Professor Andrew Smith


Andrew is the Pro-Vice-Chancellor (Science) at Griffith University, and was appointed in November 2016. He has served as Dean of Applied Sciences at RMIT University since 2010 and in the recent interim as Deputy Dean Research & Innovation in the School of Science. He also serves on the executive of the Australian Council of Deans of Science. He graduated in Biochemistry from the University of Surrey, U.K., in 1985 and completed his PhD at Southampton University in 1989. He joined the University of Sussex as a research fellow before being appointed to the faculty as a lecturer in 1993 and becoming Professor in 2002. He went on to serve successively at Sussex, as Director of Graduate Studies for Life Sciences, Head of Chemistry, and Head of the first joint Department of Chemistry and Biochemistry, before joining RMIT.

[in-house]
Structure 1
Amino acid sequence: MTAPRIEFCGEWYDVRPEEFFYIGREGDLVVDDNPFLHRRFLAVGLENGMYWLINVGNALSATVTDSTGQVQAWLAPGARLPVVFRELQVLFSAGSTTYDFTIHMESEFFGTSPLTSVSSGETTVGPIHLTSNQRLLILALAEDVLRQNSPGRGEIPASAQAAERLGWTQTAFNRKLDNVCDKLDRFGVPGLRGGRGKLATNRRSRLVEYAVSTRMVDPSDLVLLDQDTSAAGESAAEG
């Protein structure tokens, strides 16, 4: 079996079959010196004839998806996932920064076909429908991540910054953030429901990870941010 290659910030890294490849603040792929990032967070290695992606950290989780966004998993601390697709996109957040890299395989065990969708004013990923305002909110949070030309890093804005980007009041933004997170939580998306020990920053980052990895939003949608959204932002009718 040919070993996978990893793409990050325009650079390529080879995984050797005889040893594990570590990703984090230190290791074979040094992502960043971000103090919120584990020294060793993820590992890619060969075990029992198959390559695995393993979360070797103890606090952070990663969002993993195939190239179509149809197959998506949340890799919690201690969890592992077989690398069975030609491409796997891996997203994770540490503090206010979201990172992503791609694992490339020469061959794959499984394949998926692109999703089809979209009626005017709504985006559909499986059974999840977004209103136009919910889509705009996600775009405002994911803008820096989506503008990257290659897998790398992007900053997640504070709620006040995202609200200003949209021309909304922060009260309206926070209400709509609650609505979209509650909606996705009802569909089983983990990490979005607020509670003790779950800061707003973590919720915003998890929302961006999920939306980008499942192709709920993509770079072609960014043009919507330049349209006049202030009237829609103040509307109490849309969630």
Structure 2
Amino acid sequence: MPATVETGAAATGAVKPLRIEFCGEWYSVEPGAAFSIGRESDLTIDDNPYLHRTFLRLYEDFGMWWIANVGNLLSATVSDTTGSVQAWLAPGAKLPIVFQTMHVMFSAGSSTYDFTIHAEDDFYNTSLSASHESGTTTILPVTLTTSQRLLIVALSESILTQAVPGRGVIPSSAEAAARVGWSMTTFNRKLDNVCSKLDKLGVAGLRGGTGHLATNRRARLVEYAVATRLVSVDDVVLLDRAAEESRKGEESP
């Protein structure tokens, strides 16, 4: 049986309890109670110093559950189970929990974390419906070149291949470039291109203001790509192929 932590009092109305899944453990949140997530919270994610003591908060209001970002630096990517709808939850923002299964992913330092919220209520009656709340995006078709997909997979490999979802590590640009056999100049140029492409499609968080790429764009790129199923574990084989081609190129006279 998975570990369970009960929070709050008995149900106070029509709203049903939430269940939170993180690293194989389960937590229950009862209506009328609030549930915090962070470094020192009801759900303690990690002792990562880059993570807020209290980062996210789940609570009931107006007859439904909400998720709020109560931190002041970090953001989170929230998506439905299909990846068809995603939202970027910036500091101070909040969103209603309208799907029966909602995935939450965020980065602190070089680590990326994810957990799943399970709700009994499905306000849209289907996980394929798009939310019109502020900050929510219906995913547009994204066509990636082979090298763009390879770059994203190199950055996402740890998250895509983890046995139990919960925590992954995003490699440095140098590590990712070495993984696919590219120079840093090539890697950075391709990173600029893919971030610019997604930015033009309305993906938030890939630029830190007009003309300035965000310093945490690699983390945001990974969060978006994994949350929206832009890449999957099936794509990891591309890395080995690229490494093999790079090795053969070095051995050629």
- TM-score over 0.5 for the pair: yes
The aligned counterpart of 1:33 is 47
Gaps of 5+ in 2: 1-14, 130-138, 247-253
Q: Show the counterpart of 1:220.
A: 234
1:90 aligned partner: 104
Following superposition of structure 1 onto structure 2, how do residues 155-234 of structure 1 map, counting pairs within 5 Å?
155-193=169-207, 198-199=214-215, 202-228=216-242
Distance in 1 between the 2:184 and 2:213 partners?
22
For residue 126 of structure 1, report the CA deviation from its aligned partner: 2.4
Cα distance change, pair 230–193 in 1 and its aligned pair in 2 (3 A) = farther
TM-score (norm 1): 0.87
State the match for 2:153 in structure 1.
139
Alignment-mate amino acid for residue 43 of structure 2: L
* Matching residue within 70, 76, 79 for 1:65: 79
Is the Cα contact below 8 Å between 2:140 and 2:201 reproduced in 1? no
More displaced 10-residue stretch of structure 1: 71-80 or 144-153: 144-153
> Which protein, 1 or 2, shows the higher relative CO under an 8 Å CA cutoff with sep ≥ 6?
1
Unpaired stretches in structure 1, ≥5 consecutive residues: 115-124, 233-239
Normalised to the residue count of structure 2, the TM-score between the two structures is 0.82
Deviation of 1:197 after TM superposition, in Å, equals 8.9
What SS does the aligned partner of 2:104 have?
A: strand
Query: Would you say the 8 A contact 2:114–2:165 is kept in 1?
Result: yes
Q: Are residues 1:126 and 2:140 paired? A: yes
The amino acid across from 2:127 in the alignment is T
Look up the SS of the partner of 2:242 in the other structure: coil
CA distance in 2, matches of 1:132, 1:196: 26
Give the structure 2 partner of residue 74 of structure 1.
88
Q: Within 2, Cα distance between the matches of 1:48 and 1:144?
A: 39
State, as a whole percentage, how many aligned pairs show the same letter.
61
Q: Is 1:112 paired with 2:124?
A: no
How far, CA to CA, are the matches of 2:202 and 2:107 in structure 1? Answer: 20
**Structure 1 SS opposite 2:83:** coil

Professor Andrew Krockenberger


Andrew is Dean of Research at James Cook University, with responsibilities in development of JCU’s research environment, excellence and relevance. He has particular responsibility for strategic direction and operational performance of core research infrastructure. He graduated with a PhD in Zoology from University of Sydney in 1994, receiving an Eleanor Sophia Wood Post-Doctoral Fellowship, and has worked in research and teaching at UNSW, University of Washington and JCU, with extensive experience in ecophysiology in laboratory and field. Appointed Dean of Research at JCU in 2013, he has been strongly involved in development of JCU’s analytical and experimental facilities and field stations, particularly the Daintree Rainforest Observatory, completed in 2014. Andrew is a Director of QCIF and serves on the Advisory Board for the Terrestrial Environmental Research Network (TERN).